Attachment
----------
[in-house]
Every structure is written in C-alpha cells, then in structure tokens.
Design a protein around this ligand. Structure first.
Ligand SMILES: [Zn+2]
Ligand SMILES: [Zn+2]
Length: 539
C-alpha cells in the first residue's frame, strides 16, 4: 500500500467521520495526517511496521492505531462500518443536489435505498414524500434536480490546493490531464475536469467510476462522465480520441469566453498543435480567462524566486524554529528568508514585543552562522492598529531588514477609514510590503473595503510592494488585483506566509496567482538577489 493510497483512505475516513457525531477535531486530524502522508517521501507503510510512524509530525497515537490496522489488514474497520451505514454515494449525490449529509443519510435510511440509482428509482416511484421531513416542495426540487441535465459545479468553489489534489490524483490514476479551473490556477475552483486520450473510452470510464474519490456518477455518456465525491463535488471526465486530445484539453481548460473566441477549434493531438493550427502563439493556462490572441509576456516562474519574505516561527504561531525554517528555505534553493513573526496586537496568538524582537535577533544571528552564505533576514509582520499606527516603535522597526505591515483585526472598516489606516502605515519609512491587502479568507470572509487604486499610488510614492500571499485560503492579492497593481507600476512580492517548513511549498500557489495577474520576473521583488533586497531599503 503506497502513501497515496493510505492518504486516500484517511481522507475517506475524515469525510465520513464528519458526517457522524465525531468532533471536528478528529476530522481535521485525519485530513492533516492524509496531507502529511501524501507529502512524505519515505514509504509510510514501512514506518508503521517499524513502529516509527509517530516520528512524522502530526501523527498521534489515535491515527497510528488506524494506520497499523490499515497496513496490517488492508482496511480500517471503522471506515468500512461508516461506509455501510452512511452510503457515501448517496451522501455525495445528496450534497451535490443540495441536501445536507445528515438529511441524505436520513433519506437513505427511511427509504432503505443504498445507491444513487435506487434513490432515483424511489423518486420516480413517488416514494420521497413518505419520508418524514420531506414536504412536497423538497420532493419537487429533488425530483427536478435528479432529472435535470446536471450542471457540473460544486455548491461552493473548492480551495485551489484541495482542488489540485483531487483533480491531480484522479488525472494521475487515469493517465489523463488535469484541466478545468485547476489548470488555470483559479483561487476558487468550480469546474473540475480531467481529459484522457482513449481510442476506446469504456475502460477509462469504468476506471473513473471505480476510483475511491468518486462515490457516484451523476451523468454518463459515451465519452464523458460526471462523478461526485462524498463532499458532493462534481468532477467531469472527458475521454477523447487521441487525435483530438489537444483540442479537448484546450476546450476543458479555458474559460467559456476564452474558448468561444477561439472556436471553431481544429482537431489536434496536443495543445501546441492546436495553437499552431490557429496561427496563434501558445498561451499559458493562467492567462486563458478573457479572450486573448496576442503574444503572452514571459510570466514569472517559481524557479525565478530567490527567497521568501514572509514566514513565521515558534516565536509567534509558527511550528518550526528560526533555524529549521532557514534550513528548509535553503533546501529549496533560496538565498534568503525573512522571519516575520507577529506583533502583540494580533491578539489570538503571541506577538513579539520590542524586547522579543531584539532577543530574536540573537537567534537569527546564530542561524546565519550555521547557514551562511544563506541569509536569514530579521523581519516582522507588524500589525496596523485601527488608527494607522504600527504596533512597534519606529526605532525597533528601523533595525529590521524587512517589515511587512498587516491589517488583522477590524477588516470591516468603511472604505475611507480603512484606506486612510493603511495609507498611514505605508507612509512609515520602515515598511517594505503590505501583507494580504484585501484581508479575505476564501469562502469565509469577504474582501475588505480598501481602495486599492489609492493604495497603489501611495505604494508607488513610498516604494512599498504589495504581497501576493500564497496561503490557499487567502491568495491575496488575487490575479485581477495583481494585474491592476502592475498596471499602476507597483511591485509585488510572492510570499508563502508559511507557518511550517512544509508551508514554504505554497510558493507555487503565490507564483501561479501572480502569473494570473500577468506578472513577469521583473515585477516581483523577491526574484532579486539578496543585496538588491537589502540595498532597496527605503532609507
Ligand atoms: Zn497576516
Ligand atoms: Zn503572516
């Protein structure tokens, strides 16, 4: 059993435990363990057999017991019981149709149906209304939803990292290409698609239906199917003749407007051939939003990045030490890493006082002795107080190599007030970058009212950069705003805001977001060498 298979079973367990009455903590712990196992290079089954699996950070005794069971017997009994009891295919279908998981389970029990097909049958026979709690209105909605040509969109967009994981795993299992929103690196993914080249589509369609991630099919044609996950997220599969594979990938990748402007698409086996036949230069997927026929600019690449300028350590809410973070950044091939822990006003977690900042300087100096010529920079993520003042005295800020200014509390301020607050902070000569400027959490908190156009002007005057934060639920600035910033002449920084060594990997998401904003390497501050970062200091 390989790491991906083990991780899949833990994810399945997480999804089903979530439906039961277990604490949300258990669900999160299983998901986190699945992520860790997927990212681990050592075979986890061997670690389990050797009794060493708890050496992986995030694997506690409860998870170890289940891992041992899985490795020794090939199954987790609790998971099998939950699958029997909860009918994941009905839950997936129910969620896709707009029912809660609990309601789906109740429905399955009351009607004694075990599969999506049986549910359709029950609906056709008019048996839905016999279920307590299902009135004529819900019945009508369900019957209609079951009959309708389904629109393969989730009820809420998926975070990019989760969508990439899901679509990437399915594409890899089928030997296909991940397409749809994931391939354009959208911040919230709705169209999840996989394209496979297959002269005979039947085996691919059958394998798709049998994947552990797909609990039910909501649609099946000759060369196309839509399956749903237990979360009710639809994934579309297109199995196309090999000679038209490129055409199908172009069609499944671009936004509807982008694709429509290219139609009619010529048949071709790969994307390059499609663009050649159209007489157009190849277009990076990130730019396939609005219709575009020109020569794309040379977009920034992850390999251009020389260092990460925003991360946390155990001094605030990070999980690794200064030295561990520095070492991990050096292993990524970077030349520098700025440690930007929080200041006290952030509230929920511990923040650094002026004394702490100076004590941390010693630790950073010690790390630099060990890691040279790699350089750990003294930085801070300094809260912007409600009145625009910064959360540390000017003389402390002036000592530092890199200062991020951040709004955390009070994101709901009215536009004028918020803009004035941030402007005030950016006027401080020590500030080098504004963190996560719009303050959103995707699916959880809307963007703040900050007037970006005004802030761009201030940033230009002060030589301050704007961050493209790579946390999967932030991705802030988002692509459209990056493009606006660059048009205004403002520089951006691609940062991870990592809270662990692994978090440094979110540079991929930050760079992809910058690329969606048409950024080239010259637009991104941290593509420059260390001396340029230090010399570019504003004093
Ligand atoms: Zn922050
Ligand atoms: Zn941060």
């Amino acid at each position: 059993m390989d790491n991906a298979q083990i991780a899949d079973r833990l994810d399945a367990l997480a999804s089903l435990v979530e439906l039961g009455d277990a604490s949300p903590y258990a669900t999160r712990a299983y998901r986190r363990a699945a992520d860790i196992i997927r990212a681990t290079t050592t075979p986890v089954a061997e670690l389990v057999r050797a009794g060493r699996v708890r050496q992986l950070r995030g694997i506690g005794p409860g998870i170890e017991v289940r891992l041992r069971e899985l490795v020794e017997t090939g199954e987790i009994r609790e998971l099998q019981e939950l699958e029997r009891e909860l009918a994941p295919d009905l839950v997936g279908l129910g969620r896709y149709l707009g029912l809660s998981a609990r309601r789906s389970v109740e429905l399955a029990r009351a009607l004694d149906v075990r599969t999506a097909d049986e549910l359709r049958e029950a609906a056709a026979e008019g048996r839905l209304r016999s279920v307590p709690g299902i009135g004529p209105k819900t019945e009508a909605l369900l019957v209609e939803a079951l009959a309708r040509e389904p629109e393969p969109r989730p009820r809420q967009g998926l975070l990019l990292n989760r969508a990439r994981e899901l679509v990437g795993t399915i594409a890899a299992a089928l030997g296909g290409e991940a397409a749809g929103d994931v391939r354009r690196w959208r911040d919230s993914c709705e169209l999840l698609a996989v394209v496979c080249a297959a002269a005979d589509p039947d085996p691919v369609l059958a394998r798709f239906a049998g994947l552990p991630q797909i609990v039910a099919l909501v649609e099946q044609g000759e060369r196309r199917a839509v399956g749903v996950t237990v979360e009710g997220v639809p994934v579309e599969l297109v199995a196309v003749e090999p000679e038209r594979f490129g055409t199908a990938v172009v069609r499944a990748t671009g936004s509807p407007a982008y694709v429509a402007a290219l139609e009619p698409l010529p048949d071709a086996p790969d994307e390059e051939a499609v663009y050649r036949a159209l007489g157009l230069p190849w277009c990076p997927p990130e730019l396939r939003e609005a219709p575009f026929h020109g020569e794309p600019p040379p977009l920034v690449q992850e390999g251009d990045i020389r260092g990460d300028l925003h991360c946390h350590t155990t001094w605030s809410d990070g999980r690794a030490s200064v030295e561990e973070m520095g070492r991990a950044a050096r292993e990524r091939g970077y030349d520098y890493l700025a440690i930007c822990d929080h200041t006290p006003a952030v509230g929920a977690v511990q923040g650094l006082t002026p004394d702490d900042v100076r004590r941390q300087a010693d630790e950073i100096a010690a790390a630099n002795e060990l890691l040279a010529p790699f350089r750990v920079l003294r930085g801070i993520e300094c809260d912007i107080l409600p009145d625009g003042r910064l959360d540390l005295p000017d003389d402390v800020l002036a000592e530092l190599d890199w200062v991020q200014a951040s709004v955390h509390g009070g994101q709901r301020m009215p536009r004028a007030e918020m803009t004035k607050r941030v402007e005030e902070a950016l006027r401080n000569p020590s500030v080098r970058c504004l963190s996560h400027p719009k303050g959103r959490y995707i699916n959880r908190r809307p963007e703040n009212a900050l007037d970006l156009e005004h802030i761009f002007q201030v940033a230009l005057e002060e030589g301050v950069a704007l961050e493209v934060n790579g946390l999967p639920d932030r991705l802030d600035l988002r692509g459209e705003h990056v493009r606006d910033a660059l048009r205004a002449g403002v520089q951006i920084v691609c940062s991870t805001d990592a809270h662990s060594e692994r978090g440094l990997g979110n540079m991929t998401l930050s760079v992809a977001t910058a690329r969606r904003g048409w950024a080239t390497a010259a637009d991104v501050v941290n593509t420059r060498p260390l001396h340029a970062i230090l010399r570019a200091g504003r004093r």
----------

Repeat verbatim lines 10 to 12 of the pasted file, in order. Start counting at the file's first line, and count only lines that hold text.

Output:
């Protein structure tokens, strides 16, 4: 059993435990363990057999017991019981149709149906209304939803990292290409698609239906199917003749407007051939939003990045030490890493006082002795107080190599007030970058009212950069705003805001977001060498 298979079973367990009455903590712990196992290079089954699996950070005794069971017997009994009891295919279908998981389970029990097909049958026979709690209105909605040509969109967009994981795993299992929103690196993914080249589509369609991630099919044609996950997220599969594979990938990748402007698409086996036949230069997927026929600019690449300028350590809410973070950044091939822990006003977690900042300087100096010529920079993520003042005295800020200014509390301020607050902070000569400027959490908190156009002007005057934060639920600035910033002449920084060594990997998401904003390497501050970062200091 390989790491991906083990991780899949833990994810399945997480999804089903979530439906039961277990604490949300258990669900999160299983998901986190699945992520860790997927990212681990050592075979986890061997670690389990050797009794060493708890050496992986995030694997506690409860998870170890289940891992041992899985490795020794090939199954987790609790998971099998939950699958029997909860009918994941009905839950997936129910969620896709707009029912809660609990309601789906109740429905399955009351009607004694075990599969999506049986549910359709029950609906056709008019048996839905016999279920307590299902009135004529819900019945009508369900019957209609079951009959309708389904629109393969989730009820809420998926975070990019989760969508990439899901679509990437399915594409890899089928030997296909991940397409749809994931391939354009959208911040919230709705169209999840996989394209496979297959002269005979039947085996691919059958394998798709049998994947552990797909609990039910909501649609099946000759060369196309839509399956749903237990979360009710639809994934579309297109199995196309090999000679038209490129055409199908172009069609499944671009936004509807982008694709429509290219139609009619010529048949071709790969994307390059499609663009050649159209007489157009190849277009990076990130730019396939609005219709575009020109020569794309040379977009920034992850390999251009020389260092990460925003991360946390155990001094605030990070999980690794200064030295561990520095070492991990050096292993990524970077030349520098700025440690930007929080200041006290952030509230929920511990923040650094002026004394702490100076004590941390010693630790950073010690790390630099060990890691040279790699350089750990003294930085801070300094809260912007409600009145625009910064959360540390000017003389402390002036000592530092890199200062991020951040709004955390009070994101709901009215536009004028918020803009004035941030402007005030950016006027401080020590500030080098504004963190996560719009303050959103995707699916959880809307963007703040900050007037970006005004802030761009201030940033230009002060030589301050704007961050493209790579946390999967932030991705802030988002692509459209990056493009606006660059048009205004403002520089951006691609940062991870990592809270662990692994978090440094979110540079991929930050760079992809910058690329969606048409950024080239010259637009991104941290593509420059260390001396340029230090010399570019504003004093
Ligand atoms: Zn922050
Ligand atoms: Zn941060």